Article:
Hence local time aggregate potential has become more asymmetric over time. Instead of remaining aligned with local determinants of aggregate spending capacity, high value skills sets became aligned with international economic circumstance. This is one reason why policy makers often overreact to the domestic economic conditions of other nations, which they perceive as affecting their own. In the meantime, cutting budgets in one place so as to tend to needs elsewhere, mostly hollows out the marketplace, with too little thought as to what likely happens next.

Since a substantial degree of time value originated in a fiscal context which responded to total resource capacity, much of the services marketplace is now constrained. For example: in spite of projected healthcare obligations in the near future, populations as a whole are less willing to take on additional tax burdens than they once were. One thing for certain: already existing fiscal obligations will not be helped by a still declining labor force participation rate.

If the time value of populations as a whole cannot contribute to general accountability, protectionism and mercantilism become natural responses - so as to "safeguard" the kinds of resources which still serve to supplant the value of human capital, where needed. Without the stability of time aggregate functions in economic systems, populations may become willing to completely disregard even the simplest macroeconomic theories.

How - then - to account for the fact that in an incomplete marketplace, consumer surplus exists in other product based capacity? Consumer abundance can be downright confusing, when human capital is but a small part of the equation. After all, there is no "consumer surplus" in either employment or time based human capital. And without broader utilization of human capital, many communities have few means to maintain either services formation or infrastructure.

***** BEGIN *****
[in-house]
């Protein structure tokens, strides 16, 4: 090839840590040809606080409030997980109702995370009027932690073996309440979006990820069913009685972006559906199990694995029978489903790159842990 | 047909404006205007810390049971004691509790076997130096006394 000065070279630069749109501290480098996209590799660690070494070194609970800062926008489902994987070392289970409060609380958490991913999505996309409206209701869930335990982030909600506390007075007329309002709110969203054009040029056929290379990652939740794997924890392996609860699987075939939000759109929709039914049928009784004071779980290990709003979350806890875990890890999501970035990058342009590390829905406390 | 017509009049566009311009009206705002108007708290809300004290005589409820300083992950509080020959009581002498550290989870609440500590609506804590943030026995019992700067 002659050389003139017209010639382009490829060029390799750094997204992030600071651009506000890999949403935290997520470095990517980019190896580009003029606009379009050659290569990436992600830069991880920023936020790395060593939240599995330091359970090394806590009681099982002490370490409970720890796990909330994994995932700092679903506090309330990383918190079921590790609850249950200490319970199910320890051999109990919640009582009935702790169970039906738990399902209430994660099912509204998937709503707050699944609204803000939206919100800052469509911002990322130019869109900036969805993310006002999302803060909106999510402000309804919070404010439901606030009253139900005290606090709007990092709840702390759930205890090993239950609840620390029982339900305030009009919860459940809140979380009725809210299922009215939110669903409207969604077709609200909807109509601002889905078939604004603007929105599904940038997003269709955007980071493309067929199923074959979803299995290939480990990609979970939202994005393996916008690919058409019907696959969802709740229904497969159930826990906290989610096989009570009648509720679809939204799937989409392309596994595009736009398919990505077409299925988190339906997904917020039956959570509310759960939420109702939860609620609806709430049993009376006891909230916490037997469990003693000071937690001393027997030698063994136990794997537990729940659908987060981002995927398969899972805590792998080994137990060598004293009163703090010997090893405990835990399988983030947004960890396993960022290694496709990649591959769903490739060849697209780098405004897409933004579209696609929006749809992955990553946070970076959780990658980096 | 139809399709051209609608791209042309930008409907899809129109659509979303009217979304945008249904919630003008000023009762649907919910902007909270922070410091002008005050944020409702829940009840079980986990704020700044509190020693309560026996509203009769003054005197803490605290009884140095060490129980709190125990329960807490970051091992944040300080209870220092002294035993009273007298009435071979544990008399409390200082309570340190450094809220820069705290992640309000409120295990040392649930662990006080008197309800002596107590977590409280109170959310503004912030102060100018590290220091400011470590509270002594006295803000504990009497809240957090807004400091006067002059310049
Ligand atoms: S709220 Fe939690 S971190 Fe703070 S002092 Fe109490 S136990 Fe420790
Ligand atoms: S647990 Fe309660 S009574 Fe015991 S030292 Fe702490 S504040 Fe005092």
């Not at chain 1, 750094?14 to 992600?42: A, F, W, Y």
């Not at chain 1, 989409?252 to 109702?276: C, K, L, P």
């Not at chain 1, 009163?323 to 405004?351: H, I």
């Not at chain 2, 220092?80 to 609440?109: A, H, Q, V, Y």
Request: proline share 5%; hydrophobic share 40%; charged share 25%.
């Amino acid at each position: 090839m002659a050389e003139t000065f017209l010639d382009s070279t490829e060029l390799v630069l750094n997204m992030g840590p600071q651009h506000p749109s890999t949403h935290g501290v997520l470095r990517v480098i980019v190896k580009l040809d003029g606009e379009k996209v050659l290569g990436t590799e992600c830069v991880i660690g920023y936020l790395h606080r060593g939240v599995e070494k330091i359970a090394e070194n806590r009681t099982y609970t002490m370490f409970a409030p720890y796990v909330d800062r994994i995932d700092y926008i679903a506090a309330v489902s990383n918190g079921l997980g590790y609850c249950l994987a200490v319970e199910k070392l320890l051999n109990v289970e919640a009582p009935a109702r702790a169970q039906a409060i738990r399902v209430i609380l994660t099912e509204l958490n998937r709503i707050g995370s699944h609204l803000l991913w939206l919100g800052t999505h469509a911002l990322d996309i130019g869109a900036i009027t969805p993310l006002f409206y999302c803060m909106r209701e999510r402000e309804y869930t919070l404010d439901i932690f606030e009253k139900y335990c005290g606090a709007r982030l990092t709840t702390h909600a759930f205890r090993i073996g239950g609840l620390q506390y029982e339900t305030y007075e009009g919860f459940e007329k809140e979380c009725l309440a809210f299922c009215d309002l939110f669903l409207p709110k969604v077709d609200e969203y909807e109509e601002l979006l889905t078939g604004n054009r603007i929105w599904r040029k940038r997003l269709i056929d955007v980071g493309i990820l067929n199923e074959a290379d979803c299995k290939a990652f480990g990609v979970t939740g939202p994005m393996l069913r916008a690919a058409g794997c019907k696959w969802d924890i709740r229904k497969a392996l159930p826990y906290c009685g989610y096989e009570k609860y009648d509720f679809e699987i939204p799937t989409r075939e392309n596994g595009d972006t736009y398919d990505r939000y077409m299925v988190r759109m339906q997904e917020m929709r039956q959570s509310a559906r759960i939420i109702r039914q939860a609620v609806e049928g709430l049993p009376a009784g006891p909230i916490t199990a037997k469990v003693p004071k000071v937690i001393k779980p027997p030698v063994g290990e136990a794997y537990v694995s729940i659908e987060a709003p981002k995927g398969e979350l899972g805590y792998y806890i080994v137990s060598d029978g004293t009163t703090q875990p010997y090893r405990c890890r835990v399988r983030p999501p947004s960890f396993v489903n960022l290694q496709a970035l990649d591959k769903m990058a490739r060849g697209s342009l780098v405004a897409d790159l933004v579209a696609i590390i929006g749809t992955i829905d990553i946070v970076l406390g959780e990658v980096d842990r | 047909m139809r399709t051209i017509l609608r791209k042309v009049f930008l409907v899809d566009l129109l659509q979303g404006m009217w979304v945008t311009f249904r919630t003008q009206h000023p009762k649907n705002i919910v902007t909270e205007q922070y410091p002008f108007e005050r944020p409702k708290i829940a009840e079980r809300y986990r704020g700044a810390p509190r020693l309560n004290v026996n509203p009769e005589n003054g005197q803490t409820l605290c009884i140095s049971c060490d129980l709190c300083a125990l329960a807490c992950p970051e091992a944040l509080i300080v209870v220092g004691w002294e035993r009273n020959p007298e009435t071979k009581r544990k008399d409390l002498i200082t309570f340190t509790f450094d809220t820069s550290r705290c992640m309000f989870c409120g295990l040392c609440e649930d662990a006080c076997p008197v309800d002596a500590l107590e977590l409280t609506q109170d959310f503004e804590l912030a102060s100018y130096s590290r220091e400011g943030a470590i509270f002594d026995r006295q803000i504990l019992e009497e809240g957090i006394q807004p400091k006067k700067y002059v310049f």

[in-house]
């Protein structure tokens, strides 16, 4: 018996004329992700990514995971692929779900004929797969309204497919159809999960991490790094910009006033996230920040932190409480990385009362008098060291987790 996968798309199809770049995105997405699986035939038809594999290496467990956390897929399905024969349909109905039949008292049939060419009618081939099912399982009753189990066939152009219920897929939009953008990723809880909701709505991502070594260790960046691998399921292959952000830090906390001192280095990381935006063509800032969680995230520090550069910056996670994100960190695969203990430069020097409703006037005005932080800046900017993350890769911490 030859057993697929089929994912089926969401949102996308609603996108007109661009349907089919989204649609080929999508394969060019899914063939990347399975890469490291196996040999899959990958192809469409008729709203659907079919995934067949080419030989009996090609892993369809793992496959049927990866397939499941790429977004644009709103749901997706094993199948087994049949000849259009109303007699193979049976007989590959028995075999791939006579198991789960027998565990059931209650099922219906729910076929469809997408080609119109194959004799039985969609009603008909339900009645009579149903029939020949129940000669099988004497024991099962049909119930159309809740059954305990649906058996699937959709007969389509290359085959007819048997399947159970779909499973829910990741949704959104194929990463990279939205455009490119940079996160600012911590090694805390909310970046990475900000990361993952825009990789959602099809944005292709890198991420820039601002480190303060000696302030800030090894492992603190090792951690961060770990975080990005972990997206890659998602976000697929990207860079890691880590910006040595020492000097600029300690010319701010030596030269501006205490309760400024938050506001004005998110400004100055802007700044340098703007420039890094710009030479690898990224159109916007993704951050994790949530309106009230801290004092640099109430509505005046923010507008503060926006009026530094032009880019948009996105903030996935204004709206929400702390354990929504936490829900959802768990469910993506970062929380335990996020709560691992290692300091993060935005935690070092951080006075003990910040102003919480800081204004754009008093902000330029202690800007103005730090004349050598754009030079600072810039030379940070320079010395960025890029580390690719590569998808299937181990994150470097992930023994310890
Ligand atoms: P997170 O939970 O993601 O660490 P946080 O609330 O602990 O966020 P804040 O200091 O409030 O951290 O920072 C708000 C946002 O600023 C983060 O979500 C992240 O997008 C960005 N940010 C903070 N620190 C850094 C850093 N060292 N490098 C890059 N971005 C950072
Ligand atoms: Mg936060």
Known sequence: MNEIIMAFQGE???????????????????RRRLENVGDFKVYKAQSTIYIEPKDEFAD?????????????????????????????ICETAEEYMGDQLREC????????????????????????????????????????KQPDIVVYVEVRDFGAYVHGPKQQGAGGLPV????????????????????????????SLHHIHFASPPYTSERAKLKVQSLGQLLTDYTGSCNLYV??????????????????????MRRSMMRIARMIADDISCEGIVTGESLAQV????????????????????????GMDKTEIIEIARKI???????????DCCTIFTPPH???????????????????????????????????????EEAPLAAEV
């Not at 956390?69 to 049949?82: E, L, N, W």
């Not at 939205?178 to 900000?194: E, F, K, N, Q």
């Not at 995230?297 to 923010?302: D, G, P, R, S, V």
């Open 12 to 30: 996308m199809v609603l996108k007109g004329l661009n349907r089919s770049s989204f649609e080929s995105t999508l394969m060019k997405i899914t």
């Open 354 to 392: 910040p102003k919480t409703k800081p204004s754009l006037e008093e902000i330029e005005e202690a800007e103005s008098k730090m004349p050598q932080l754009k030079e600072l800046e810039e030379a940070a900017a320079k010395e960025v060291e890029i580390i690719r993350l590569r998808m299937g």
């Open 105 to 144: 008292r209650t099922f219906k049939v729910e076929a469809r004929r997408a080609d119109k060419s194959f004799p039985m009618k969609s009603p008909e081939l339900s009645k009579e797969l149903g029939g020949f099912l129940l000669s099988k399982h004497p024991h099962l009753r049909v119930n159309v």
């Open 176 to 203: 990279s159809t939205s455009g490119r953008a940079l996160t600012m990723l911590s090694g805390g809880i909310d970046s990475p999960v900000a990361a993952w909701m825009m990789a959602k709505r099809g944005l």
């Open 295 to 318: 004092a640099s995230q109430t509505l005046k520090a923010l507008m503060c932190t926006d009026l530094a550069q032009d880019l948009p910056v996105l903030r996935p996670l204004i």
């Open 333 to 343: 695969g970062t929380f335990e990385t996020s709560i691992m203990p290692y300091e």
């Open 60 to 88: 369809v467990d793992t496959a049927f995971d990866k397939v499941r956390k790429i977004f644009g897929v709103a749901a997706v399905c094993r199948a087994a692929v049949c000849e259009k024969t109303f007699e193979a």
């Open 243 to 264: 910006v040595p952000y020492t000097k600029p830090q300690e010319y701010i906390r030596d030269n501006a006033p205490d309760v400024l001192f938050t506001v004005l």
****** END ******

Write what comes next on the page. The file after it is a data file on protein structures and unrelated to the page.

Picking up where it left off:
Still, services of all kinds will need to become easier to understand and measure than they are now. One reason politicians still "want their (old) jobs back" is the fact manufacture meant tangible and easy to measure income streams. As a result, much of what became "intangible" wealth in recent decades, will need to become tangible realities. And in order to accomplish this, citizens will need the courage to provide a green light for their own economic representation.

Time value in the form of services coordination, needs to become a valid contributor to economic activity. No one can afford to forget that human capital is the point of origination for the supply side. Otherwise many local governments and marketplaces will struggle - even in the near term - to maintain dedicated income streams. That means standing up for the capacity of human capital as the most reliable source of wealth there is. It means standing up for the hopes and dreams that people still hold, well into the future.